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 ...  Doctors' Order

Many Women of Fashion Learn the Art on Physicians' Advice
 Filet Lace making as a cure for nervous prostration?    It is very calming in deed.

(An News article from 1914)

A famous maker of 'real lace', who supplies wedding veils and bridal caps to many of the country's prominent brides, and whose corps of assistants give lessons in all the latest stitches to women just as enthusiastic to learn them as they are to learn the latest steps of the newest dances, says that the curing of nerves is one of her regular occupations. Many women come to her to take up Filet Lace making on the recommendation of their physicians; and if they stick conscientiously to this diversion they almost always find relief.

It is the steady, monotonous work, both for the mind and the fingers, coupled with the fact that the attention is concentrated pleasantly on the working out of a given pattern, that makes Filet Lace making valuable as a nerve cure.
So much for the therapeutic value of Filet Lace making. It has another value that appeals to womankind. For this beautiful lace, used so lavishly on the wonderful pieces of household linen that the best shops show, can be made at comparatively small expense. And the work is neither very difficult nor very tedious.

The kind of Filet Lace that is crocheted is not the real Filet Lace. Beautiful as that is when it is made, it does not compare with the darned1 lace.
Like the crocheted lace, the real filet2 always has a square-meshed groundwork3. The making of the groundwork4 is tedious and takes a long time; but fortunately, squares of this mesh, hand made5, can be bought without trouble. The big squares--say ten or twelve inches in measurement, cost perhaps $3 each, which seems a big price to pay--until you have tried making one of them of fine linen thread. The little squares, those measuring abut three inches, can be bought for 25 to 30 cents each. Of course, those made of coarse thread cost less than the finer ones.

The pattern is worked into the background with a darning needle6 threaded with linen thread. The square of plain-meshed background must be held taut in some sort of frame7. Frames of various sizes to fit the squares are sold-- little square frames like the one shown in the hands of the figure in the accompanying drawing8. To such a frame a square is basted securely. But it is quite possible to make a frame at home.

The frame of a square slate can be used. Little holes can be made with a gimlet about its edges, and through these holes the lace square can be basted in place. Or the wooden frame can be wound with strips of cloth, to which the lace can be fastened. Small squares of lace can be basted securely to a large square of cotton, which can then be cut away under the square and held taut in an embroidery ring or frame.

The patterns in Filet Lace vary from the simplest little scroll-like designs to elaborate figures. if you can copy any old filet patterns, try doing that9. Cross-stitch patterns can be followed for darned Filet Lace1, and if you are patient you can work out patterns for yourself.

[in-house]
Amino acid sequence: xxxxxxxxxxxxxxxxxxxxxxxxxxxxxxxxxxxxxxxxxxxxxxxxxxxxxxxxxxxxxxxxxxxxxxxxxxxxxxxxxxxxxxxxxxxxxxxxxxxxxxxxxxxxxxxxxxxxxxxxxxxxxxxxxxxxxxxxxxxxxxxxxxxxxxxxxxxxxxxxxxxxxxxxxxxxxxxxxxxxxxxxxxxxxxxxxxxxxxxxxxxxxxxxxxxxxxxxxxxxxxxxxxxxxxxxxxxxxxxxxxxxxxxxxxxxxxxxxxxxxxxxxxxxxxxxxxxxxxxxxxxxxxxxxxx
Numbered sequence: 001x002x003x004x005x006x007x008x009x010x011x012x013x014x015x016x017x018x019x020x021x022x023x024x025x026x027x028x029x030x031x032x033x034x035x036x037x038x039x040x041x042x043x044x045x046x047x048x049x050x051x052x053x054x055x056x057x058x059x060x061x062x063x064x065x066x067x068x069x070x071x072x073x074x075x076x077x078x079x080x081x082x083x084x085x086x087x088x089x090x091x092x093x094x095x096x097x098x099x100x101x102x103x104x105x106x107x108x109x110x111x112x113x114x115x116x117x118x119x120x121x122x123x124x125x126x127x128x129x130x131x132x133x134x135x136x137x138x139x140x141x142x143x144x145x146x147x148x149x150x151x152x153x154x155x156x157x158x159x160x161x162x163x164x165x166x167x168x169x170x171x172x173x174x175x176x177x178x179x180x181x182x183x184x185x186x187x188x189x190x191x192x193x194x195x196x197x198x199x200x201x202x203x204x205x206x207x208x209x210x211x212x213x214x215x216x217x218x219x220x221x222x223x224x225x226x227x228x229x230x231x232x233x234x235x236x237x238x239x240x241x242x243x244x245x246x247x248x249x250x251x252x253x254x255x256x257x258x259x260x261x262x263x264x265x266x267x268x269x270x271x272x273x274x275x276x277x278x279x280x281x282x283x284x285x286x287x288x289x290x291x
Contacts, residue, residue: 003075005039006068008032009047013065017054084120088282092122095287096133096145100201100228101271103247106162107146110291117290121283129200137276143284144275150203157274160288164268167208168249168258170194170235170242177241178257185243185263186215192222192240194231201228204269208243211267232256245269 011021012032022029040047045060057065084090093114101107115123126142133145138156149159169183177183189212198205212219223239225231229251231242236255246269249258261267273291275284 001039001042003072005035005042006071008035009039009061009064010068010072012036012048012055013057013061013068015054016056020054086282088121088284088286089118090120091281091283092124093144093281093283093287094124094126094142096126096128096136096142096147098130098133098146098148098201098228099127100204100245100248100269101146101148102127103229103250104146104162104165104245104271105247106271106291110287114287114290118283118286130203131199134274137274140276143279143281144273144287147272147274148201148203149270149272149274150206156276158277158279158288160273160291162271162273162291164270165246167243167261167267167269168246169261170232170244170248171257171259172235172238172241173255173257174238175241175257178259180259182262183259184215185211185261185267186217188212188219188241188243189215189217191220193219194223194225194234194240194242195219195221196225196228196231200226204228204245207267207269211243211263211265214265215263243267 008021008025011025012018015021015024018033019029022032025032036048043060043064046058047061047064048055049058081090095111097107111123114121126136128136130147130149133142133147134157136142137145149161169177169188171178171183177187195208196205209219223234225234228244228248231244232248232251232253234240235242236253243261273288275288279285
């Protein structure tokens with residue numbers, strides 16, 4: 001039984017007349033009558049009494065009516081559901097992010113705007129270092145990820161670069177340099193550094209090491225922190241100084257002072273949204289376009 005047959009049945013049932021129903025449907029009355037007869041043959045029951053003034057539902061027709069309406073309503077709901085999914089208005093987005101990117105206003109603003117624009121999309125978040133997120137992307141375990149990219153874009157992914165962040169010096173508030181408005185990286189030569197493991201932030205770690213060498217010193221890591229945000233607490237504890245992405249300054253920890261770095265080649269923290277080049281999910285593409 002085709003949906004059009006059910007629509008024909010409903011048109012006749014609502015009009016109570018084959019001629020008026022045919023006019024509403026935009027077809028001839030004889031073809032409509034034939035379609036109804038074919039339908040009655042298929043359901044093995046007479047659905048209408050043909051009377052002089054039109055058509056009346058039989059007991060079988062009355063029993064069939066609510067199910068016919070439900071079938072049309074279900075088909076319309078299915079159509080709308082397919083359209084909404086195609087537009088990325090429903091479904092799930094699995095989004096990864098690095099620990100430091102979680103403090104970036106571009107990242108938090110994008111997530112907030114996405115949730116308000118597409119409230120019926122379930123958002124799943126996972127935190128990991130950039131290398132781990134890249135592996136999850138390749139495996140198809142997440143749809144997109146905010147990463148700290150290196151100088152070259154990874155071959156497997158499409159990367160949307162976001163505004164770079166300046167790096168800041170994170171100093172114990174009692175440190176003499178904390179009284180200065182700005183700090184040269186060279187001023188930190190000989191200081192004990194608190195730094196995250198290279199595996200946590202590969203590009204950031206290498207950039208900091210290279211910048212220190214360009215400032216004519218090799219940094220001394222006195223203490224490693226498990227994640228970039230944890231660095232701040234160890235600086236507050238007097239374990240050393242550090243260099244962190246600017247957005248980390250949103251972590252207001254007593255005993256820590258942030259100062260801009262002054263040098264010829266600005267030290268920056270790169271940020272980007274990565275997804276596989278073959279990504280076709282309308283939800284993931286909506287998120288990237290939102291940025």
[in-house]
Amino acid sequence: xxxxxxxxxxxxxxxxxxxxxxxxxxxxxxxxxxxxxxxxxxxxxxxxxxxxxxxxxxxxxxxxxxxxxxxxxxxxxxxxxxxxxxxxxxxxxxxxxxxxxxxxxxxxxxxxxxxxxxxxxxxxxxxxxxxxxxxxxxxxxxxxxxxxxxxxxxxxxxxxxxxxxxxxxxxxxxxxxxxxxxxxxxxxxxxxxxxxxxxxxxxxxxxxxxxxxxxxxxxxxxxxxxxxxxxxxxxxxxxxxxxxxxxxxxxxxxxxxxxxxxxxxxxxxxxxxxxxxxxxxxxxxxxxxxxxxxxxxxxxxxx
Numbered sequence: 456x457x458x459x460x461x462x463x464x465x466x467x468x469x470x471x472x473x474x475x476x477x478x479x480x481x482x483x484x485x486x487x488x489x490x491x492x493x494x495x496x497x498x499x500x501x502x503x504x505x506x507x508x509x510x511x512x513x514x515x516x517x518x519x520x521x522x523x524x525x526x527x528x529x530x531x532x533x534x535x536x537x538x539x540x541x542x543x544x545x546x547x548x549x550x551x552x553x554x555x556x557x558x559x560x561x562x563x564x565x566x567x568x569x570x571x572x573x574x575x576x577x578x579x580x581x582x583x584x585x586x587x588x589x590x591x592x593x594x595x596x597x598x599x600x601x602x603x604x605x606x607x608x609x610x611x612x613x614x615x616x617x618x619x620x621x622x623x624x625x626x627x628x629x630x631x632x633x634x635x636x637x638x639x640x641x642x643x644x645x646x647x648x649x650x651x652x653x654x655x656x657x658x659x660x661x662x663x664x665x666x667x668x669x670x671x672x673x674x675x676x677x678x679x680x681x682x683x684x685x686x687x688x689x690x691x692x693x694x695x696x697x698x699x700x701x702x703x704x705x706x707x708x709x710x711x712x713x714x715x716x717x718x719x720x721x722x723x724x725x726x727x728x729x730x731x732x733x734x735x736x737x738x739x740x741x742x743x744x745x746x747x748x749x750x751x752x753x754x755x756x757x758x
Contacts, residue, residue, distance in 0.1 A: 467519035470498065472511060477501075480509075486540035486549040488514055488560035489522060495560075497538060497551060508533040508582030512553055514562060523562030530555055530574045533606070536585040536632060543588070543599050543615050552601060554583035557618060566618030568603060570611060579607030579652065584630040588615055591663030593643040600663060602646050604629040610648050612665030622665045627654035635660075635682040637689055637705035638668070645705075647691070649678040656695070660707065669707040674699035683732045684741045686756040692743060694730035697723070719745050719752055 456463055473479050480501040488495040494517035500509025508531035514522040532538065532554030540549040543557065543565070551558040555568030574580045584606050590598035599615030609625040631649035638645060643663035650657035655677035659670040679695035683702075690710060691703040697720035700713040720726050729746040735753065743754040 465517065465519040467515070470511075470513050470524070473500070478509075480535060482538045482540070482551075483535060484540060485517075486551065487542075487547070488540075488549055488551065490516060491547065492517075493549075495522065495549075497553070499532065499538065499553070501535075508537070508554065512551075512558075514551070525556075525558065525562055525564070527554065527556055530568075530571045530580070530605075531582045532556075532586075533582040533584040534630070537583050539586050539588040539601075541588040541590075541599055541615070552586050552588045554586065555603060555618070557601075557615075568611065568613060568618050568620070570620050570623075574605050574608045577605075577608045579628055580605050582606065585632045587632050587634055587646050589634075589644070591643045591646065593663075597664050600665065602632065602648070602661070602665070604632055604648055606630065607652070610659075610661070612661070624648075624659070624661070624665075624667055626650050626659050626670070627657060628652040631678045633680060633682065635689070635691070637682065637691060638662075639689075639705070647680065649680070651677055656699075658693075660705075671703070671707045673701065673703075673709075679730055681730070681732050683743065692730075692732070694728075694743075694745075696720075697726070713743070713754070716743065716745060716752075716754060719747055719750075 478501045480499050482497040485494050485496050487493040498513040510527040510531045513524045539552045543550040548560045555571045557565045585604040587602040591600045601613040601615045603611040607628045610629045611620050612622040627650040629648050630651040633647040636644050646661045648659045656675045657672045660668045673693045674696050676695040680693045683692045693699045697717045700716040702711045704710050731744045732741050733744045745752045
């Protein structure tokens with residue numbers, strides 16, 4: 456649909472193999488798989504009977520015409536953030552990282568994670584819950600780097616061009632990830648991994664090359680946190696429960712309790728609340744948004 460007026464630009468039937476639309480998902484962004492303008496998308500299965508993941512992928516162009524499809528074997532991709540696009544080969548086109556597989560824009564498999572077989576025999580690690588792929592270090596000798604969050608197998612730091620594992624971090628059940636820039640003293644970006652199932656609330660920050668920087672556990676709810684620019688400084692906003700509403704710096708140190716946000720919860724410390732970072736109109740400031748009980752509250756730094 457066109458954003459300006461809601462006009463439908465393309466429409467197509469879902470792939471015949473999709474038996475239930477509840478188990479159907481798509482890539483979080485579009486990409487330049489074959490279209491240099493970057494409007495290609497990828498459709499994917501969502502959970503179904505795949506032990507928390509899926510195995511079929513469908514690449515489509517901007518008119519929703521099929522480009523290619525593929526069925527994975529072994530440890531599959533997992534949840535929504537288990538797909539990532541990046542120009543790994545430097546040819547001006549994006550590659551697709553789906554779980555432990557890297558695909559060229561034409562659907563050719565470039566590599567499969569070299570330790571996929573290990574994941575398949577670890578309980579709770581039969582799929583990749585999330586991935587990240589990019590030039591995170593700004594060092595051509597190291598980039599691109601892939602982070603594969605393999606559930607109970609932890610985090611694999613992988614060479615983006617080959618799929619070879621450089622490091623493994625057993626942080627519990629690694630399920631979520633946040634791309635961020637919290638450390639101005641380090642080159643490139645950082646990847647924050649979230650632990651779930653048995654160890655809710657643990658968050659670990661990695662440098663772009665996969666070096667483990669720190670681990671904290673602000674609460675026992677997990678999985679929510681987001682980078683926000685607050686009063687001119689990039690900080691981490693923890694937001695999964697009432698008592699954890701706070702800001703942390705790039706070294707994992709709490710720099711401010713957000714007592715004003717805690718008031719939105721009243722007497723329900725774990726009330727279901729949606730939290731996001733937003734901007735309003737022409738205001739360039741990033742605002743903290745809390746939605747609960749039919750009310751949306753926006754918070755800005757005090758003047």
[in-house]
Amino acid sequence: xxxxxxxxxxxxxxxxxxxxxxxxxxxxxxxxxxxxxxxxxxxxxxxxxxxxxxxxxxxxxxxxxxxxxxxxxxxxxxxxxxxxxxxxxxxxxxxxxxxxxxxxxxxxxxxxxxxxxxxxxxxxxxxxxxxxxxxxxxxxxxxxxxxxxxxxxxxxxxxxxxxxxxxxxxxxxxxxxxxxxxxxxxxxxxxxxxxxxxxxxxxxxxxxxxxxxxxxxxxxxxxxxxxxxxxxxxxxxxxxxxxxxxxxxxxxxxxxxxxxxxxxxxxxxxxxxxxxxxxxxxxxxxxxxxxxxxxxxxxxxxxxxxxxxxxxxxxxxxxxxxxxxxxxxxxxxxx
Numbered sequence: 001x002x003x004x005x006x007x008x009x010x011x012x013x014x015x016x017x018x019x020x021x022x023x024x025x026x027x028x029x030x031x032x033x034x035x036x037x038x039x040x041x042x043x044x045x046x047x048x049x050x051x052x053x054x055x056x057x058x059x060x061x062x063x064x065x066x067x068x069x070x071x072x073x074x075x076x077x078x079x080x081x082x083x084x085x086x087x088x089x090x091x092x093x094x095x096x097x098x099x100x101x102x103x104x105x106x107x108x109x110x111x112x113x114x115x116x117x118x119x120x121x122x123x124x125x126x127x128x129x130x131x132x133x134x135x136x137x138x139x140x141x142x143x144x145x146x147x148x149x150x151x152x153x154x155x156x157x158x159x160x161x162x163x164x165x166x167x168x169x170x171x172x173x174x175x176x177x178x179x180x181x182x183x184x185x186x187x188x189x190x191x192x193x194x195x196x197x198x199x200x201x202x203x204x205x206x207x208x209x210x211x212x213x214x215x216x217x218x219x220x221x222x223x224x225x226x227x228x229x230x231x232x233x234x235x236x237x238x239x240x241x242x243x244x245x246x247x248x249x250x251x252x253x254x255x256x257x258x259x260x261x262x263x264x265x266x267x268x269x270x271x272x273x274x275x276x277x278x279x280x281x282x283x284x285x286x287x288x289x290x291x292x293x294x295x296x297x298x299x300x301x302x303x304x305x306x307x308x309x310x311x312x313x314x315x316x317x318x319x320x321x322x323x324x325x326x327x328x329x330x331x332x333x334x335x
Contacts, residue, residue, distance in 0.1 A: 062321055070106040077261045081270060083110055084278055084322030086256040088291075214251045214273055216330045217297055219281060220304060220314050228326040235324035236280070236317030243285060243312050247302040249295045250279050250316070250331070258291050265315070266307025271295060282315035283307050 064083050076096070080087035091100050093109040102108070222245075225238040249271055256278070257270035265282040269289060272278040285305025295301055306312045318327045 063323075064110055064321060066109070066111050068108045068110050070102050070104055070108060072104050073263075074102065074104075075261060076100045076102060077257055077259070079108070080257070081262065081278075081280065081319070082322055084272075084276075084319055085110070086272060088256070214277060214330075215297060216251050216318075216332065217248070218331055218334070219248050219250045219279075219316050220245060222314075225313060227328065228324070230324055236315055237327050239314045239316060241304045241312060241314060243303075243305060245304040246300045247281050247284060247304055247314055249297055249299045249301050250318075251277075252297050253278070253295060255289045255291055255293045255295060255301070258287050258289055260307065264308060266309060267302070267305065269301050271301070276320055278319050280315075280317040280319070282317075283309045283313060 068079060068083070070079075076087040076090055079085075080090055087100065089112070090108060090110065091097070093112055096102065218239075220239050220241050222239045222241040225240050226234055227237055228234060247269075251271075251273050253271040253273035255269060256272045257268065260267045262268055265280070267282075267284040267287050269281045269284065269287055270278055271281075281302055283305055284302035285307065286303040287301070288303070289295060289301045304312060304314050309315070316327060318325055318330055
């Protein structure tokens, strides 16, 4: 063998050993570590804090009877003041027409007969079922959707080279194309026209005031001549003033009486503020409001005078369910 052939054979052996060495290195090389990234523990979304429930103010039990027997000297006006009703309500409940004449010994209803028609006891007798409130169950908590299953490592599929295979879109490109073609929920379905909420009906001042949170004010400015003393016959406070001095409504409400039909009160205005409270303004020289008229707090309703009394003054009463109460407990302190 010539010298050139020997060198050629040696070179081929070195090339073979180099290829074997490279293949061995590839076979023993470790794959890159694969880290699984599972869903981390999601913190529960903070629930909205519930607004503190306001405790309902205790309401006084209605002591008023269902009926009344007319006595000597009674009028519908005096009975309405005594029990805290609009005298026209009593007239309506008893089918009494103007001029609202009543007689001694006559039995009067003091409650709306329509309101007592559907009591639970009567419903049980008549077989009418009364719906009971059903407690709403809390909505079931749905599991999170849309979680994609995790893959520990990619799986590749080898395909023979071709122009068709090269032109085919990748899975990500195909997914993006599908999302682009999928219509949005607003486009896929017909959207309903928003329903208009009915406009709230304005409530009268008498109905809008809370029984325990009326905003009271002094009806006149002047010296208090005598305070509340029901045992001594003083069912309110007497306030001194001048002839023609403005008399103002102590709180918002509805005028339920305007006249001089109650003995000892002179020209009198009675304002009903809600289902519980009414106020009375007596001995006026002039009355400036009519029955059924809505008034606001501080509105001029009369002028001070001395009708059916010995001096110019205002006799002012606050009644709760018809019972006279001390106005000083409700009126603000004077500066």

To do this, rule off a sheet of paper the size of a square you are going to work in, with lines to represent the threads. Then decide on the thing you wish to represent and find a picture of it. Then work the pattern out on the ruled-off paper until you have got it the way you want it. Then copy it.10
The best way for a beginner to do is to buy a square of machine-made Filet Lace11 for a pattern. This will give her a pattern, and will also serve as a model to show her how to weave the threads10.

The patterns for the crocheted Filet Lace can also be utilized in the other kind of filet.

The most beautiful pieces of household linen show filet squares and oblongs made up with Cluny Lace and English eyelet embroidery, worked on strips and squares and oblongs of linen. For a tablecloth the linen naturally is fine and almost sheer. For a bedspread the linen is heavy. The Cluny Lace used varies from the finest sort for the smaller pieces to very heavy lace for such articles as bedspreads.

The   newest way to finish table runners and couch pillows is to fasten heavy linen tassels at the corners. We are wearing tassels on our clothes nowadays, so why not have them on our household linens?

THE NEW YORK TIMES --March 1st, 1914 -- Article from the section "What Every Woman Wants To Know".

Copyright © The New York Times

MY NOTES (from Marie-jo Quinault--FILET LACE BY THE

  1 For this, refer to the Linen Stitch or 'French Filet Lace Technique'
  2 ...the real Filet Lace with the fisheman knot
  3  Filet Net, Plain Netting, Knotted Net, Filet Work
  4  Filet Work:  the Art of making knotted lace (plain or fancy)  using  the Fisherman knot, a shuttle needle and a gauge stick
  5 Refer to our Catalog for our line of  Hand Made & Machine Made Knotted Nets: Filet Nets 3, 4, 5, 7 
  6 Look at our Ball Point Needle (item FL1001)
  7 Small Embroidery Frame
(item FL1006-12)
  8 See last page for the link to the pdf file on the owner webpage
  9 Always respect the copyrited material. And always take note of the provenance of the pattern
10 Refer to Marie-Jo Quinault's instruction book and classes to learn how to do a pattern for Filet Lace and do the embroidery on the Knotted Net.
Here the reporter or the New York Times refers to the 'mecanic lace' that is not made by weaving with a needle on a Knotted Net.

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